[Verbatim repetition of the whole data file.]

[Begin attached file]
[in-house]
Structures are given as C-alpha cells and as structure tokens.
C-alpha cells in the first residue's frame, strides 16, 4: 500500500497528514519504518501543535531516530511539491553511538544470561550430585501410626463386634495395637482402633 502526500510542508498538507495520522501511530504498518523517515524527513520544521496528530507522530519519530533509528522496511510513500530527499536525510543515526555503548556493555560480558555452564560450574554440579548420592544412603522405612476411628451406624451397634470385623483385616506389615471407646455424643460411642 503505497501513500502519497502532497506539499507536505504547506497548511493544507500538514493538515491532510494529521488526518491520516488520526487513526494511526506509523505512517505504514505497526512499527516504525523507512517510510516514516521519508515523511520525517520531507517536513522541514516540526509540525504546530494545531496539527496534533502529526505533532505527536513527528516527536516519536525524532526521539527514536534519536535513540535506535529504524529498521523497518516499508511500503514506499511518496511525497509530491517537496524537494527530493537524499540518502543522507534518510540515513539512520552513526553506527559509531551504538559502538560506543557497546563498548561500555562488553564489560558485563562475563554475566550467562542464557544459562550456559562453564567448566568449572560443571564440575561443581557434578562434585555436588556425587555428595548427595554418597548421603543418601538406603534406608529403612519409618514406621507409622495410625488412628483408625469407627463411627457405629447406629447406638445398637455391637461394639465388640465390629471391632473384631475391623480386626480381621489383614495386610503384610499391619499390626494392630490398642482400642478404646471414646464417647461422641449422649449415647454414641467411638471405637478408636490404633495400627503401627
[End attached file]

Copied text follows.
[in-house]
Structures are given as C-alpha cells and as structure tokens.
C-alpha cells in the first residue's frame, strides 16, 4: 500500500497528514519504518501543535531516530511539491553511538544470561550430585501410626463386634495395637482402633 502526500510542508498538507495520522501511530504498518523517515524527513520544521496528530507522530519519530533509528522496511510513500530527499536525510543515526555503548556493555560480558555452564560450574554440579548420592544412603522405612476411628451406624451397634470385623483385616506389615471407646455424643460411642 503505497501513500502519497502532497506539499507536505504547506497548511493544507500538514493538515491532510494529521488526518491520516488520526487513526494511526506509523505512517505504514505497526512499527516504525523507512517510510516514516521519508515523511520525517520531507517536513522541514516540526509540525504546530494545531496539527496534533502529526505533532505527536513527528516527536516519536525524532526521539527514536534519536535513540535506535529504524529498521523497518516499508511500503514506499511518496511525497509530491517537496524537494527530493537524499540518502543522507534518510540515513539512520552513526553506527559509531551504538559502538560506543557497546563498548561500555562488553564489560558485563562475563554475566550467562542464557544459562550456559562453564567448566568449572560443571564440575561443581557434578562434585555436588556425587555428595548427595554418597548421603543418601538406603534406608529403612519409618514406621507409622495410625488412628483408625469407627463411627457405629447406629447406638445398637455391637461394639465388640465390629471391632473384631475391623480386626480381621489383614495386610503384610499391619499390626494392630490398642482400642478404646471414646464417647461422641449422649449415647454414641467411638471405637478408636490404633495400627503401627